Foundation courses help international students who may not initially meet entry requirements to gain entry to undergraduate study at Australian universities and colleges. They also help students adapt to the Australian academic environment and life in Australia. Some foundation courses promise a place at university after successful completion of the course.
Technical and Further Education (TAFE) institutes, universities and specialist foundation colleges all offer foundation courses to international students. Some foundation courses are taught at university (or other institution) campuses, which gives students the advantage of having access to institution facilities such as libraries and computer laboratories, as well as health and housing services, sports centres and student clubs.
There are two major advantages of studying a foundation course in Australia:
- Successful completion of a foundation course may guarantee entry into specific degree courses at some Australian universities.
- Foundation courses allow students to ‘settle in’ to the Australian education system and life in Australia before they start university or college.
Foundation courses are typically intensive one-year preparatory courses, but this timeframe can sometimes be altered according to the student’s needs. Students capable of accelerated learning may be able to complete programs in nine months. Other courses are longer to allow students more time to prepare for their degree studies. Some foundation courses have a flexible structure that allows students to enter at different times during the year and at different standards of English language or academic proficiency.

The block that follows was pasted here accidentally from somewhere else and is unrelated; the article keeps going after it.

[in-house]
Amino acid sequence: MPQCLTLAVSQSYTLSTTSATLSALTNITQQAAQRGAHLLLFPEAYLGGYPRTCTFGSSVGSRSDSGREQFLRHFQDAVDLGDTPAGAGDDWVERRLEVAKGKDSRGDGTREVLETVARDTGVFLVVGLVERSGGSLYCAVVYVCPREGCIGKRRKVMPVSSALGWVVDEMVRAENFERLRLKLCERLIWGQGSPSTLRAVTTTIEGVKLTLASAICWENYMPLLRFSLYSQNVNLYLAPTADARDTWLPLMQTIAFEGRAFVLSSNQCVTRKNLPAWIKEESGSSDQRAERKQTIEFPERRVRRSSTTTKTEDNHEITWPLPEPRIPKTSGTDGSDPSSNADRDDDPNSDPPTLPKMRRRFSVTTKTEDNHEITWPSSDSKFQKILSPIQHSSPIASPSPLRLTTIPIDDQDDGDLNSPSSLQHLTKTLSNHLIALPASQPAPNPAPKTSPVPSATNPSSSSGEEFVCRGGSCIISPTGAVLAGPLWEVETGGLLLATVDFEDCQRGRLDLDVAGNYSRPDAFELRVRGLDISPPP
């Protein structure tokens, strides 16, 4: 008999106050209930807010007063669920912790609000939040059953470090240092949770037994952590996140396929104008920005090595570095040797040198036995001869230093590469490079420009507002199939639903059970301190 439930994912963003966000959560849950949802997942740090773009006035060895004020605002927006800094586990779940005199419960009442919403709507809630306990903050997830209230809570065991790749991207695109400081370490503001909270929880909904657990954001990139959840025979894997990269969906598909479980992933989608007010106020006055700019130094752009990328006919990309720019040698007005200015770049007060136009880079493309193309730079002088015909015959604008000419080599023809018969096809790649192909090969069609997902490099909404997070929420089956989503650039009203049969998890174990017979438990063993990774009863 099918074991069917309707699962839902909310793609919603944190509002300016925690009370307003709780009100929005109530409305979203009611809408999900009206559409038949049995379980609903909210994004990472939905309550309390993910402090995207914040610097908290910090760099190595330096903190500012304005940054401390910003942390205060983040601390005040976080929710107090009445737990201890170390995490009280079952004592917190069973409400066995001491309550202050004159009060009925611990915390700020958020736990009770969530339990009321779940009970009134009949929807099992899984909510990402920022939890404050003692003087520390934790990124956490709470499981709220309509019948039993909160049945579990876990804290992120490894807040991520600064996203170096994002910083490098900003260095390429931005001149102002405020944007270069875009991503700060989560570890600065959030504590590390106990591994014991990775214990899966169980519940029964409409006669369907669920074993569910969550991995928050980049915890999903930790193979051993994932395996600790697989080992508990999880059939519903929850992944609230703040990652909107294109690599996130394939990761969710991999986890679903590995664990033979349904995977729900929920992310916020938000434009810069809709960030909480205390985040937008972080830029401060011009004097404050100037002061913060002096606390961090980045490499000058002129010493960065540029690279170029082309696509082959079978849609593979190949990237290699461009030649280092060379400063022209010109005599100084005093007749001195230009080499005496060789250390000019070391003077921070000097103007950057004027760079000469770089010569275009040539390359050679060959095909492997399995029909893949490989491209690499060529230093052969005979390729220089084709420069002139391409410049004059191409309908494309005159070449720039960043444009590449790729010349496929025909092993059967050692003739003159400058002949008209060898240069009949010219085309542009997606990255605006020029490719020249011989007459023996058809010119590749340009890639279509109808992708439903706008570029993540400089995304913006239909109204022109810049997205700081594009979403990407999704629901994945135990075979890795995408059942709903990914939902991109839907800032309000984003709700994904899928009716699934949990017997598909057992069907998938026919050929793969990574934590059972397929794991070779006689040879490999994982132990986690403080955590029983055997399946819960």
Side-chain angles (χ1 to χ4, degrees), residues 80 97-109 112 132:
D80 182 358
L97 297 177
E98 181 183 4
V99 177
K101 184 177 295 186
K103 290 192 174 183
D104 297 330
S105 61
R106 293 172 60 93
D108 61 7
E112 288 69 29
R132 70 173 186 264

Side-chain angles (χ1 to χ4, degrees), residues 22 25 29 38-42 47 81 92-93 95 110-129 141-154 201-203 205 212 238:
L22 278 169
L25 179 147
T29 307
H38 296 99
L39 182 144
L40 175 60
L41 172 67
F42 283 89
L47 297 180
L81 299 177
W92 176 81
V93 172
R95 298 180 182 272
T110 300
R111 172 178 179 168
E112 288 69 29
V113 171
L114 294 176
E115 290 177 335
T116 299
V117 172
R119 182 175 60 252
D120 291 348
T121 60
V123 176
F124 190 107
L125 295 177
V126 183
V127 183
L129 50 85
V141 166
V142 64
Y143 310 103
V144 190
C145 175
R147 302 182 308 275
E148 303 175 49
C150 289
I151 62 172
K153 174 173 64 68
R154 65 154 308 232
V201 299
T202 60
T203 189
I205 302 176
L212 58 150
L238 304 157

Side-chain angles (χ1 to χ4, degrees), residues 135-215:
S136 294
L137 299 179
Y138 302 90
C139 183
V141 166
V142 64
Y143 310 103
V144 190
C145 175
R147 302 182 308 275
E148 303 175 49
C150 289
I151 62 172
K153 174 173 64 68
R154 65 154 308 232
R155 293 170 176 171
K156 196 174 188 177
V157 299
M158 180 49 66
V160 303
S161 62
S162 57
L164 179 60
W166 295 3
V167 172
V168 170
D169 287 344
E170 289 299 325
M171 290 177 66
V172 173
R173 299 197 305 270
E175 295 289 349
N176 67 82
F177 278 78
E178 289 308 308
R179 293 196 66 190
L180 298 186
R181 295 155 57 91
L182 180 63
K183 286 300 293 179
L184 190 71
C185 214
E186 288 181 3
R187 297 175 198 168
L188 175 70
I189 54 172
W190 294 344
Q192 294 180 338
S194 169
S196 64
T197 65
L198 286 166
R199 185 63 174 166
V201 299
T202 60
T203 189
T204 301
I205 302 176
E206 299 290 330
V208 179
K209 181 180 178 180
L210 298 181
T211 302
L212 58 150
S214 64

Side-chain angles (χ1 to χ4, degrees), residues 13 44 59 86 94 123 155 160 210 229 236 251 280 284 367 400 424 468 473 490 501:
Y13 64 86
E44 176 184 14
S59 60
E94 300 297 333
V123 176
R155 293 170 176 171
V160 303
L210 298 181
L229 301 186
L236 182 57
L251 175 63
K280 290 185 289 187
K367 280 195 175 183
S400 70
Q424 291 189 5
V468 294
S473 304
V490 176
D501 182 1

Foundation courses usually offer university-style teaching through lectures and tutorials. This ensures that students become familiar with this way of learning. Foundation courses are generally divided into subject streams, such as business, humanities or science studies, according to the student’s choice of undergraduate course. Most foundation courses offer a range of compulsory and elective subjects, and English language support is often a major focus.
Many institutions also offer ‘bridging’ courses, which are shorter, more intensive courses designed for students who are about to enter a degree course but do not meet the assumed knowledge requirements or who wish to be better prepared for university study.